Moderator: Greetings to everyone from the U.S. European Media Hub in Brussels. I would like to welcome our speaker, Ambassador David Satterfield, the Acting Assistant Secretary for Near Eastern Affairs at the U.S. Department of State, as well as the journalists who have called in to participate in this call today.

Ambassador Satterfield will discuss the U.S.-EU Middle East North Africa (MENA) Dialogue, and U.S. policy in the Middle East and North Africa.

We will begin today’s call with opening remarks from Ambassador Satterfield.

With that, I will turn it over to Ambassador Satterfield for opening remarks.

Ambassador Satterfield: Thank you very much. Twice a year the United States holds this dialogue with the EU External Action Service. Our discussions today covered, as they usually do, the gamut of regional issues, in particular places where there is a considerable amount of dynamism. We discussed the situation in Libya, Algeria, the Yemen situation, Saudi and GCC developments, Iraq, Iran, and of course Syria and hopes between the U.S. and the EU that common efforts could work in many of these problem areas towards a resolution of supported peace, security, and stability.

With that intro, I’m happy to take your questions.

Moderator: Thank you for those remarks.

Our first question comes to us from Deutsche Welle Turkish Service, Deger Akal.

Question: Ambassador, were you able to discuss the situation in Turkey? I would like to ask you to elaborate on your observations regarding the local elections process in Turkey and [inaudible] [objections]. How would you assess Turkish democracy?

Ambassador Satterfield: I am not yet in a position of responsibility for Turkey, but I will repeat the remarks I made before the Senate last week.

We believe that free, fair and transparent elections and electoral processes are a fundamental of any democracy. Turkey is a democracy. We look to and like the rest of the world are watching closely how events unfold.

Moderator: Thank you for that question.

Our next question comes to us from Sandi Haffar with Radio AlKul.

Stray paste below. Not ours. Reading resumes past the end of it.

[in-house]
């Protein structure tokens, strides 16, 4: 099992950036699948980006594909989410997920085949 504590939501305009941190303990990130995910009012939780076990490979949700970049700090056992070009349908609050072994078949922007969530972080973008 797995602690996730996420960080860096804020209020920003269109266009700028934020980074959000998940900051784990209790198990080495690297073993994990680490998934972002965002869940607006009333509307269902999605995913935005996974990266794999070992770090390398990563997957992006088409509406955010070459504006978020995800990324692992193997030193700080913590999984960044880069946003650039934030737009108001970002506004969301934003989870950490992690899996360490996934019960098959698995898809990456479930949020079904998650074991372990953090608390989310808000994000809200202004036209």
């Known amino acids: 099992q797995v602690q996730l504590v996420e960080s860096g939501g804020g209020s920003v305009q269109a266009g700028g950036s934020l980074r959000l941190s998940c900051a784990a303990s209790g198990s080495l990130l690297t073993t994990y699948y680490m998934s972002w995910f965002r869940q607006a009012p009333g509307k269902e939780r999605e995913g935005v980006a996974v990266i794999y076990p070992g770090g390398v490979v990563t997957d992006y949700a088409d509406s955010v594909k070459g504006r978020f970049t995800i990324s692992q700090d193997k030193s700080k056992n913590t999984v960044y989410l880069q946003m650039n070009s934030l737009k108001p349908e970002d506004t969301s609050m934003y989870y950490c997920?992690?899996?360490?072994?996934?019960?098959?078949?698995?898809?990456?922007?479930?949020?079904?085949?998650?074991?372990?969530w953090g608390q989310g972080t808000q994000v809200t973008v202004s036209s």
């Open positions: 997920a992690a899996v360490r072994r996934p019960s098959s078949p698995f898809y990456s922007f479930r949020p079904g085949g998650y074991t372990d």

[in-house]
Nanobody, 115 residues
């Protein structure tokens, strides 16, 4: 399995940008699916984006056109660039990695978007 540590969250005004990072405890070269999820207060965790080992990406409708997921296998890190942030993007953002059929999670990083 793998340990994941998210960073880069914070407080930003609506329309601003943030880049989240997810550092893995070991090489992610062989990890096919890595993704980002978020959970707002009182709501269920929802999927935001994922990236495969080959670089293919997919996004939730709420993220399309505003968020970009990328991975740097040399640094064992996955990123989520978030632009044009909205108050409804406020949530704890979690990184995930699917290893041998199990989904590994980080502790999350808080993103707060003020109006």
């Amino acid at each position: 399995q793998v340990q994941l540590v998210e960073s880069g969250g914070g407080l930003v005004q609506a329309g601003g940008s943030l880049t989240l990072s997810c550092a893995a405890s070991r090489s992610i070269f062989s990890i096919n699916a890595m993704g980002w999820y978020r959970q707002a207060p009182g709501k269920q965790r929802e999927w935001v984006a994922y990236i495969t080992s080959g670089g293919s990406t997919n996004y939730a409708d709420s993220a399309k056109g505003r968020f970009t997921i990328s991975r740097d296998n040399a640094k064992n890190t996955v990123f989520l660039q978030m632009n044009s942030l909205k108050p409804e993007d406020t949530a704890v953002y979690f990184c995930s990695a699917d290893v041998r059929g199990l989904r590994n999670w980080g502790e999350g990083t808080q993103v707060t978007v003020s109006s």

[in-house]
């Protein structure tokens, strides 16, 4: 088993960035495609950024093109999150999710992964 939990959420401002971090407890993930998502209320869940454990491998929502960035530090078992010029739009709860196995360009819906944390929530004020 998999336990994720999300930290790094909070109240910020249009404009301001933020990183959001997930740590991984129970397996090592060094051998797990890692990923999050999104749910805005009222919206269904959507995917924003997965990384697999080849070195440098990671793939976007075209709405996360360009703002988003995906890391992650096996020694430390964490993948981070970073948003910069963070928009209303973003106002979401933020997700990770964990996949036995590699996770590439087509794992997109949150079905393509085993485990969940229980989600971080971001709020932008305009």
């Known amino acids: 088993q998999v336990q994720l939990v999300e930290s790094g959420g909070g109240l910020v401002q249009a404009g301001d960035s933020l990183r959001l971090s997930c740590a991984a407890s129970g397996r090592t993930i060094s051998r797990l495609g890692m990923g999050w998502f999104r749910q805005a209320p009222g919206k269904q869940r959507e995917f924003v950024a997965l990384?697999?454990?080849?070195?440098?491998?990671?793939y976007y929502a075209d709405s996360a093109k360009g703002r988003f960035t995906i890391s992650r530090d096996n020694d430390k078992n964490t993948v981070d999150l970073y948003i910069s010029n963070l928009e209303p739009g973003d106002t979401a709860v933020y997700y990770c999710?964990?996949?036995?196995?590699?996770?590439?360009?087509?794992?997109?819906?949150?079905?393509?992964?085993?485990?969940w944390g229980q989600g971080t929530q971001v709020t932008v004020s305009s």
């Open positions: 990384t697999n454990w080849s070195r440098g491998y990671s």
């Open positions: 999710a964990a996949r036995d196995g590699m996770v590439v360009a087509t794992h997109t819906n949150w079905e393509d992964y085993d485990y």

Question: Thank you, Ambassador Satterfield. My question to you is do you feel that Secretary Pompeo in his statement to the Senate [inaudible] is inclined to an open conflict with Iran? And that Syria might be the battleground for that?

Ambassador Satterfield: If you are making reference to the recent designation of the Revolutionary Guard Corps, that was not a harbinger of conflict or war with Iran. That was another step taken in what has been a consistent and extremely transparent campaign by the United States to constrain the ability of terrorist organizations, and that is how we view the IRGC, from continuing their deadly and disruptive work. But no, this has nothing to do with a pretext for or a lead to conflict.

Moderator: Thank you for that answer.

Our next question comes to us from the United Arab Emirates from Deena Easa with Alittihad outlet.

Question: I have two questions. The first question is about Libya. How do you think about the situation on the ground, that [weapons search] could happen in the coming days?

My second question is about Syria and about the U.S. troop withdrawal. Can you imagine there would be any peace on the ground between the Kurds and Turkey in Syria?

Ambassador Satterfield: Your first question. We’re following events in Libya closely. The “we” is the European Union, the United States, the international community. We strongly support the work of UN Special Envoy Ghassan Salame to try and bring about a political deal, political reconciliation there. We’ve watched with concern the mounting civilian casualties and damage to civilian infrastructure, particularly over the last several days. We call on all sides to consider very carefully how their actions impact upon civilians, and we look to the resumption of the political process.

Moderator: Thank you.

Our next question comes to us from —

Ambassador Satterfield: Wait. There was a second question there.